Omnidirectional Triboelectric Nanogenerator Operated by Weak Wind towards a Self-Powered Anemoscope

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    Wind is a great sustainable energy source for harvesting due to its abundant characteristic. Typically, large space, loud noise, and heavy equipment are essential for a general wind power plant and it is solely operated by big-scale wind. However, wind energy can be efficiently harvested by utilizing the triboelectric nanogenerator due to its abundance, ubiquity, and environmentally friendliness. Furthermore, a few previously reported wind-driven triboelectric nanogenerators, which have the bulk fluttering layer by wind, still show difficulty in generating electricity under the conditions of weak wind because of the static friction arisen from the inherent structure. In this case, the output performance is deteriorated as well as the generator cannot operate completely. In this work, a wind-driven triboelectric nanogenerator (wind-TENG) based on the fluttering of the PTFE strips is proposed to solve the aforementioned problems. At the minimum operating wind pressure of 0.05 MPa, this wind-driven TENG delivers the open-circuit voltage of 3.5 V, short-circuit current of 300 nA, and the associated output power density of 0.64 mW/m2 at the external load resistance of 5 MΩ. Such conditions can be used to light up seven LEDs. Moreover, this wind-TENG has been utilized as a direction sensor which can sense the direction at which the wind is applied. This work thus provides the potential application of the wind-TENG as both self-driven electronics and a self-powered sensor system for detecting the direction under environmental wind

    Non-fullerene acceptor based photoelectric material for retinal prosthesis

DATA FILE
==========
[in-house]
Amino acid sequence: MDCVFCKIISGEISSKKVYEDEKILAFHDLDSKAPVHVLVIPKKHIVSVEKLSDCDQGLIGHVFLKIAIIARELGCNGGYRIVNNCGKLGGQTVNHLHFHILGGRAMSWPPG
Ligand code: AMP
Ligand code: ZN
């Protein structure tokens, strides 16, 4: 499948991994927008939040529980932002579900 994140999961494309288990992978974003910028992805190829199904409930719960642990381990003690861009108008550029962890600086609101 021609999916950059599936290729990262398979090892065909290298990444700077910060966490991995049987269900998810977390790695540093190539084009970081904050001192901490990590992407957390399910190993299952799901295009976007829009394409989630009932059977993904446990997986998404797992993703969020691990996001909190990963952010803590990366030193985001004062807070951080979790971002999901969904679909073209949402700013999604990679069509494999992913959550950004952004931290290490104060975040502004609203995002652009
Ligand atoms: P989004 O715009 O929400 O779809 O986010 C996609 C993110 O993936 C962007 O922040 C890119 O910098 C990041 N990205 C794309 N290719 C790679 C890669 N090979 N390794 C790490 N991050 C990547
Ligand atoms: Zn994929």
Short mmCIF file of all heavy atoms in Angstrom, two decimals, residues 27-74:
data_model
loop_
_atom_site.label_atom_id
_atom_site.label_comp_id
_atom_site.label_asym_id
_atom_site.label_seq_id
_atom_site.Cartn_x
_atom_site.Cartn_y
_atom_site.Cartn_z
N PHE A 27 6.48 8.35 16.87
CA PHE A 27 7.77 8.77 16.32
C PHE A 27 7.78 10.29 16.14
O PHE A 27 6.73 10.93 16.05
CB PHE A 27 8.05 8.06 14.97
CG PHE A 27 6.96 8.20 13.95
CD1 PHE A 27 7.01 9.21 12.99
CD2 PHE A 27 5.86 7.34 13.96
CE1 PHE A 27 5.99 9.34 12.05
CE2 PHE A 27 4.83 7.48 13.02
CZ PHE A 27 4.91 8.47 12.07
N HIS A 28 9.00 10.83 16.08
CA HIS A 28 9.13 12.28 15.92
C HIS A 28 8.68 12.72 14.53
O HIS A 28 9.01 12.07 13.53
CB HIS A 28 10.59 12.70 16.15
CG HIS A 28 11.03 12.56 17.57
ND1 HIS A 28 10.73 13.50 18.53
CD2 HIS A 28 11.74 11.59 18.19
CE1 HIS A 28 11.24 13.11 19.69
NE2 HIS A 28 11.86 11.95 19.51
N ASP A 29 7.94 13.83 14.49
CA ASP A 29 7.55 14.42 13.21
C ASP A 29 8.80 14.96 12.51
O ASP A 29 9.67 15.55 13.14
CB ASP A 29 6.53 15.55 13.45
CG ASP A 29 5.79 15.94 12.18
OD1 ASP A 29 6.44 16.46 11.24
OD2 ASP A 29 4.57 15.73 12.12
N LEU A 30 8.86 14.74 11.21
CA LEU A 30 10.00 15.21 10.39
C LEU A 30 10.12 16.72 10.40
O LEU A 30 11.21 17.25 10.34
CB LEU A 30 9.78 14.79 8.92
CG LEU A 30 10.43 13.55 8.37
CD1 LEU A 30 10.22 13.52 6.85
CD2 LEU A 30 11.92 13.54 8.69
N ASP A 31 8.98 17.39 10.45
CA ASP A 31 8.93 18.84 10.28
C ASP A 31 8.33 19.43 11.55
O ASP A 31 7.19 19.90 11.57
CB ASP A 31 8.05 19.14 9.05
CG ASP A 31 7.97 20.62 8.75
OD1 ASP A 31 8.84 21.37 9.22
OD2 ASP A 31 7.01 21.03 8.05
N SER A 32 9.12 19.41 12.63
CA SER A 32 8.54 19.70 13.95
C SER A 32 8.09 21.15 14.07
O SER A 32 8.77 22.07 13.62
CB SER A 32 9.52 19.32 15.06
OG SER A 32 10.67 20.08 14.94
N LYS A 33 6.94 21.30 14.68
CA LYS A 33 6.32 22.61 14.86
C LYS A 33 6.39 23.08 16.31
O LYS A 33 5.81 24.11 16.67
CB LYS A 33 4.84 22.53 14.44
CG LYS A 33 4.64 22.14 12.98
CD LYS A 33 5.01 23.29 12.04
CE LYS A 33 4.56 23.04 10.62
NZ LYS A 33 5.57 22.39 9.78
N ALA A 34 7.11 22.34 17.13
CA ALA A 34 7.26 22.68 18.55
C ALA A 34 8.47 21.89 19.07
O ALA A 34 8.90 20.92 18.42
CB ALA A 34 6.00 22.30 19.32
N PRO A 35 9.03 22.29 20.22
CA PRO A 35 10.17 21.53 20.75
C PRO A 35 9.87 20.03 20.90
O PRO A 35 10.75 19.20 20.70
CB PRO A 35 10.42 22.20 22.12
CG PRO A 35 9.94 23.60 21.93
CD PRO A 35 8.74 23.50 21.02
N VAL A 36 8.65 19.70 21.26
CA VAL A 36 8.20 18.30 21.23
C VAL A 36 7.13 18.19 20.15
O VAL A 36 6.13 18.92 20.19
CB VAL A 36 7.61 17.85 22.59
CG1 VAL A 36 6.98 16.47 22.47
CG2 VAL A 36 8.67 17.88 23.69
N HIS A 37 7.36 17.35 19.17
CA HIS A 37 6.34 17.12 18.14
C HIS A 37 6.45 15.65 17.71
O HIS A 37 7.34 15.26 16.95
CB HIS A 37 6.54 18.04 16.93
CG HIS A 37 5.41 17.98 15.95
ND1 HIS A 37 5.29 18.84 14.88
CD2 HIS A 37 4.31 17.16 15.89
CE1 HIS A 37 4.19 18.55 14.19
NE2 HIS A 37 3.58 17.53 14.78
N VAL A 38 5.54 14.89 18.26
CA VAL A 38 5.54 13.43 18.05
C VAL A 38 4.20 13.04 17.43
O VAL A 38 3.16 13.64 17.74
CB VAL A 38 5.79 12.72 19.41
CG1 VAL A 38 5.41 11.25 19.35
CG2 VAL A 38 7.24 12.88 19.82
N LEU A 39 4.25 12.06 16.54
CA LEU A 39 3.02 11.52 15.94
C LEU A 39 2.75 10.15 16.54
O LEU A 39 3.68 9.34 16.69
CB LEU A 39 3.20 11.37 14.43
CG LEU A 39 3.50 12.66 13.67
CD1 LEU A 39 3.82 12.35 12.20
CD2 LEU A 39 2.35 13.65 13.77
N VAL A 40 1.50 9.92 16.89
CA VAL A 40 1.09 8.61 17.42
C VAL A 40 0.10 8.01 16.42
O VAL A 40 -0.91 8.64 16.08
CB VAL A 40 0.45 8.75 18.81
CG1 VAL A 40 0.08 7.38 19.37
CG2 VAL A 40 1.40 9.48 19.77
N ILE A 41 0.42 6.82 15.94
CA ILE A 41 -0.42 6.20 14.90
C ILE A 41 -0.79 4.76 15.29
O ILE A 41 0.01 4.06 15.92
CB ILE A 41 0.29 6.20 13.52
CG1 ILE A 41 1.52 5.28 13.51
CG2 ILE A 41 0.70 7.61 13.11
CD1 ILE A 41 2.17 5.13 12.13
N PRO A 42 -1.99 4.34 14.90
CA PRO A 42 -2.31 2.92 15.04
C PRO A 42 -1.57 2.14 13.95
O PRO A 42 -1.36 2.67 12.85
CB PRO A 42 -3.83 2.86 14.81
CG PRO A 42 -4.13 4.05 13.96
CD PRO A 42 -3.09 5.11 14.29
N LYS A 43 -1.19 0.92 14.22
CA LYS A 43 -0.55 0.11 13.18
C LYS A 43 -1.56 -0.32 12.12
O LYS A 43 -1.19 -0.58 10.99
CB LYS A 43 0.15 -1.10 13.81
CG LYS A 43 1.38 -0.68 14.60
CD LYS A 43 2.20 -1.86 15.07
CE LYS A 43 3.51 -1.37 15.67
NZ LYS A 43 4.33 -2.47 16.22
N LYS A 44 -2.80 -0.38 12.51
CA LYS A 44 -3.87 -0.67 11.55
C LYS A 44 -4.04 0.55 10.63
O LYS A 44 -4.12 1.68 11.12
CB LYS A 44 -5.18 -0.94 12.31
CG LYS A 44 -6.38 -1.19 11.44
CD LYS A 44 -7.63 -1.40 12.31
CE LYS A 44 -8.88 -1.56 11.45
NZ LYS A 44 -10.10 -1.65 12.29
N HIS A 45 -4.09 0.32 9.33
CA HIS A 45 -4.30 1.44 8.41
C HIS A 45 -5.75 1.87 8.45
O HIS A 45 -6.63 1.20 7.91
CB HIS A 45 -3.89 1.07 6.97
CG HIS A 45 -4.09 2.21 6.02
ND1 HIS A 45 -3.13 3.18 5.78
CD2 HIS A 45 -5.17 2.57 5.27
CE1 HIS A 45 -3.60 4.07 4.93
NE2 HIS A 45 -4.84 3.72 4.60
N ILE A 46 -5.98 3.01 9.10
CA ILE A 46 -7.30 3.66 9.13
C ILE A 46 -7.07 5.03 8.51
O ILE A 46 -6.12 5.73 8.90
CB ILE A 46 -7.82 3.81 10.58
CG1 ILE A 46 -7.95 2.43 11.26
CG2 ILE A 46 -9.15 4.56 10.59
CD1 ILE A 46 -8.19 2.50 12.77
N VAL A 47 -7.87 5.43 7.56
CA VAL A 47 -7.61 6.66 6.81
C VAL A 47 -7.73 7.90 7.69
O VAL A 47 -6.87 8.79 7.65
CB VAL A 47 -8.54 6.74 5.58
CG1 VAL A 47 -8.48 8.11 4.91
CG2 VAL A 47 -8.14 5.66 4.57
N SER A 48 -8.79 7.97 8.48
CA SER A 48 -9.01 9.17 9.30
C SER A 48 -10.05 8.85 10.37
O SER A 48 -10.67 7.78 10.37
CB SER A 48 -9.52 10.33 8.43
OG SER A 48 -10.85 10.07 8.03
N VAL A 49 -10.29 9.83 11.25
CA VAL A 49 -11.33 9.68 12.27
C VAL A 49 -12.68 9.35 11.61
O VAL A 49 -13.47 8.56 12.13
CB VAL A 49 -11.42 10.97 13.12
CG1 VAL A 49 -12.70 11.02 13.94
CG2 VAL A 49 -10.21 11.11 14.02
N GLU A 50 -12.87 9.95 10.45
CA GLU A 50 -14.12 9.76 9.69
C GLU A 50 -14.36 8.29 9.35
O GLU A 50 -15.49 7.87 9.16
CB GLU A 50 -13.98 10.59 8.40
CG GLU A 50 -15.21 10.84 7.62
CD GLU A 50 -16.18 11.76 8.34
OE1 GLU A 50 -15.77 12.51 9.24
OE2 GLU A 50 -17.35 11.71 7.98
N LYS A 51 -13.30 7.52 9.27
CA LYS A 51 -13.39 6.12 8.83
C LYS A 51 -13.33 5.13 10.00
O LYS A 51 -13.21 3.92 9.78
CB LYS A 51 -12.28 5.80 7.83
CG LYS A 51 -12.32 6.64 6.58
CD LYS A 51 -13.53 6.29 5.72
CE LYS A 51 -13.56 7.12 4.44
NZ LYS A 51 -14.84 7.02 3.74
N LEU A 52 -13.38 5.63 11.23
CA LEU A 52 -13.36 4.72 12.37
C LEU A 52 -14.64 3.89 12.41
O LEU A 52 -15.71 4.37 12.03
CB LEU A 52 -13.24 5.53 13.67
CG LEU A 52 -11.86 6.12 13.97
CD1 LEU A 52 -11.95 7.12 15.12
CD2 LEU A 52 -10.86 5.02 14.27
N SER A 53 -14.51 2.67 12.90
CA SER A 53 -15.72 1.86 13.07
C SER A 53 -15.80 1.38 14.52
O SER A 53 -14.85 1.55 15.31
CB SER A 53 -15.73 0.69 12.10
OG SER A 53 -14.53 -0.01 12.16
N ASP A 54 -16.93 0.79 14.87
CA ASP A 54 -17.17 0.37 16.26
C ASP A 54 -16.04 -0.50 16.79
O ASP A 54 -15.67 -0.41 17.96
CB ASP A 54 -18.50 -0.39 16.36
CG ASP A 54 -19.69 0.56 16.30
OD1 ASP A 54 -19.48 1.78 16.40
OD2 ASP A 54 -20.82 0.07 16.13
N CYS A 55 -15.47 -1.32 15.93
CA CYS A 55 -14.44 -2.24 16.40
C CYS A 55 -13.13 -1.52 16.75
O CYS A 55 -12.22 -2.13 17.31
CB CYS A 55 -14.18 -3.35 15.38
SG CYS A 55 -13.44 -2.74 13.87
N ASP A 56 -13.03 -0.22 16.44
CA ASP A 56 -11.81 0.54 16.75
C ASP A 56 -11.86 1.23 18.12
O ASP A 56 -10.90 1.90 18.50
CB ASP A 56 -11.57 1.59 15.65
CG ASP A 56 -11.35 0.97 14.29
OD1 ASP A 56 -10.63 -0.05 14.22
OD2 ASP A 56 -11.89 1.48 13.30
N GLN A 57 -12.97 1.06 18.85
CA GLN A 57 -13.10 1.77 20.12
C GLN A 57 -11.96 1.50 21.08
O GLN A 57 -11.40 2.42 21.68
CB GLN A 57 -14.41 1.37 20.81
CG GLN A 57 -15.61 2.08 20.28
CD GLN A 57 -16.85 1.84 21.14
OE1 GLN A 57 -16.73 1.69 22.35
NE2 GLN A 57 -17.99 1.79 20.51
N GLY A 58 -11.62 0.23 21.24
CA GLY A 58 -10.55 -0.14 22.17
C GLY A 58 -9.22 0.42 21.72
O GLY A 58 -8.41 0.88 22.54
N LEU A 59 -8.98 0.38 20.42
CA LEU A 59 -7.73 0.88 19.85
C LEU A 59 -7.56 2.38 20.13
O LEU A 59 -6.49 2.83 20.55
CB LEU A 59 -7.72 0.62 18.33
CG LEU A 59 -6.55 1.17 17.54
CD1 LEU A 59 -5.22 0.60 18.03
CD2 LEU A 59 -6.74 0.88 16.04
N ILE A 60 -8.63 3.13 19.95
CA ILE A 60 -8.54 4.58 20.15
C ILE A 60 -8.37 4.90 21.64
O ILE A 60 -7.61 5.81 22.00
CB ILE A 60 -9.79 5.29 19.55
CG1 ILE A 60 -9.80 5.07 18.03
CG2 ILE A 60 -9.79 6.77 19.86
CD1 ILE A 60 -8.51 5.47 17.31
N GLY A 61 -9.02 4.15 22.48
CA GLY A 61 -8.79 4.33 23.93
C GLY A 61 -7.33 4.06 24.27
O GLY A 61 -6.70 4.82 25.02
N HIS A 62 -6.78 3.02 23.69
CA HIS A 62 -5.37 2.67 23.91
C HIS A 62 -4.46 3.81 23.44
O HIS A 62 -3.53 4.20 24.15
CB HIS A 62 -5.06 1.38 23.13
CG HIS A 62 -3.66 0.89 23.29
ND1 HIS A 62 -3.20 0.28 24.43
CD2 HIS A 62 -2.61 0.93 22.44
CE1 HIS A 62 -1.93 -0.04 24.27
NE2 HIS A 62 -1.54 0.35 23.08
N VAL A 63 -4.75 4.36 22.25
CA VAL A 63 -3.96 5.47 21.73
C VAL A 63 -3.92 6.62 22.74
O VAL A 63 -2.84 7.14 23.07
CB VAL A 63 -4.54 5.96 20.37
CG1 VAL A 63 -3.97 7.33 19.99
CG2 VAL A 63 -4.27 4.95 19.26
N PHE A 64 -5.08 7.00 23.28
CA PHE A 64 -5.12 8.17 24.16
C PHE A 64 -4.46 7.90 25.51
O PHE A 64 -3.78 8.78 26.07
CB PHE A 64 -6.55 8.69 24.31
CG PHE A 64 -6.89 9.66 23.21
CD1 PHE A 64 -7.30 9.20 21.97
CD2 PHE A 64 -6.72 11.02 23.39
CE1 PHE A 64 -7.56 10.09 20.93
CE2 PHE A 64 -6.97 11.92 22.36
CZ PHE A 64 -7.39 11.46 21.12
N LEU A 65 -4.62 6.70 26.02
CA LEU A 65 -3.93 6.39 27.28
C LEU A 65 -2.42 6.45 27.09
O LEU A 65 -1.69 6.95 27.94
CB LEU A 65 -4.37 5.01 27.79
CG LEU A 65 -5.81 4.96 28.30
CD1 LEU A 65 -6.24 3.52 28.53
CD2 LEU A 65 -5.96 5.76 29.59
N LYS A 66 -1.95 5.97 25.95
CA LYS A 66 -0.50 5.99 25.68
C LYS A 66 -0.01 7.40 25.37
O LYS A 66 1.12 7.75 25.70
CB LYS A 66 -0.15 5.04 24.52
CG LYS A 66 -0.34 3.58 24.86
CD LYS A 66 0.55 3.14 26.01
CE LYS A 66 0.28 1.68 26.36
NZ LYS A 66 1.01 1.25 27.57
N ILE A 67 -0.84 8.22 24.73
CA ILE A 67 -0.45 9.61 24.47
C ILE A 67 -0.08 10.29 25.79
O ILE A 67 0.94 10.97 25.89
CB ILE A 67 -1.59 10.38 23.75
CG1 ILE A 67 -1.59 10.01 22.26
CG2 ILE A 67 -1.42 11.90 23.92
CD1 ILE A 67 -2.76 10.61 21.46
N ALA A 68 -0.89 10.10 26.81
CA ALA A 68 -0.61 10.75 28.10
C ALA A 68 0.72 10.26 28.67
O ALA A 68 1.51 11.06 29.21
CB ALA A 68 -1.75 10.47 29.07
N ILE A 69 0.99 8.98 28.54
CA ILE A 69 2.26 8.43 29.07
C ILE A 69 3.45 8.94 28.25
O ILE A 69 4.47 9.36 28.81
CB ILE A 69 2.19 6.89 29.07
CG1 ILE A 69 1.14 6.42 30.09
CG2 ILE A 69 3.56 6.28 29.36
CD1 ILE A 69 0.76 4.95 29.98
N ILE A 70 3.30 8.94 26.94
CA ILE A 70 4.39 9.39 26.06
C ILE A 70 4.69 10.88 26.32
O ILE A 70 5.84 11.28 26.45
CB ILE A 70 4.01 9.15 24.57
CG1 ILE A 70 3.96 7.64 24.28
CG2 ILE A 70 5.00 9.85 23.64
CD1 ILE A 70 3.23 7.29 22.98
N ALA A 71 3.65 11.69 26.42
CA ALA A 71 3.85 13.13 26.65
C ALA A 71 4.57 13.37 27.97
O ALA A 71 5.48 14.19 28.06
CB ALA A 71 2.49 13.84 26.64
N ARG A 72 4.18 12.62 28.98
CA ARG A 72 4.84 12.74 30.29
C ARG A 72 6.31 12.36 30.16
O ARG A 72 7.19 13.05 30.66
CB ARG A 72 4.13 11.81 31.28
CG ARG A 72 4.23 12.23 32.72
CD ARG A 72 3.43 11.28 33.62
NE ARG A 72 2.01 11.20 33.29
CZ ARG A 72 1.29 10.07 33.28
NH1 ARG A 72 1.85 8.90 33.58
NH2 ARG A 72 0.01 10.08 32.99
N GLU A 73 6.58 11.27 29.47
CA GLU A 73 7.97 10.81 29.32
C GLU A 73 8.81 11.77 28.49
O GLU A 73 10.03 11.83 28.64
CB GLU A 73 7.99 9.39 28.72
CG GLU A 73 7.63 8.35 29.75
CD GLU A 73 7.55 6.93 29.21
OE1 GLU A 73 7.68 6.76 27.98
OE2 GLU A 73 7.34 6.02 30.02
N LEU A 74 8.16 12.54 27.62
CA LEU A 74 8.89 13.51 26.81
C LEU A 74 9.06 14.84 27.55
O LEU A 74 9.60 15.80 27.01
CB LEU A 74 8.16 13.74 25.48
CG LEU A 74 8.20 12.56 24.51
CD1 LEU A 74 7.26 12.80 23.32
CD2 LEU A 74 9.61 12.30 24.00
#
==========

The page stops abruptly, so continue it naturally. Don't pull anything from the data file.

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    Abstract Microelectronic retinal implants can restore a useful level of artificial vision in photoreceptor-damaged retina. Previously commercialized retinal prostheses require transocular connection lines to an external power supply and/or for data transmission, which are unwieldy and may cause unwanted side effects, such as infections. A recently reported wireless device used a rigid silicon substrate. However, it had the potential for a long-term mechanical mismatch with soft retinal tissue. In this work, we used organic photovoltaic materials which can be fabricated on flexible substrates as well as be operated without any physical connection to the external world. The present study employed PCE10 as an active layer for retinal prosthetic application for the first time. Compared to previously studied organic photovoltaic materials used in retinal prosthesis research (such as P3HT), our PCE10 devices showed higher efficiency, providing a huge advantage in this field. When the PCE10 was blended with other non-fullerene acceptors achieving a ternary organic photovoltaic layer (PCE10:ITIC:Y6 blend), it showed lower reduction of photocurrent under same irradiation frequency condition. The fabrication method for our organic photovoltaic device was simple and easy to control its thickness. The fabricated devices showed adequate photocurrent to stimulate the retinal neurons with a smaller reduction in generated photocurrent during repeating stimuli compared to P3HT or PCE10 alone.Author names: Please confirm if the author names are presented accurately and in the correct sequence (given name, middle name/initial, family name). Author: Given name [Jae Young] Last name [Kim]. Author: Given name [Byung Chul] Last name [Lee].Yes, they are correct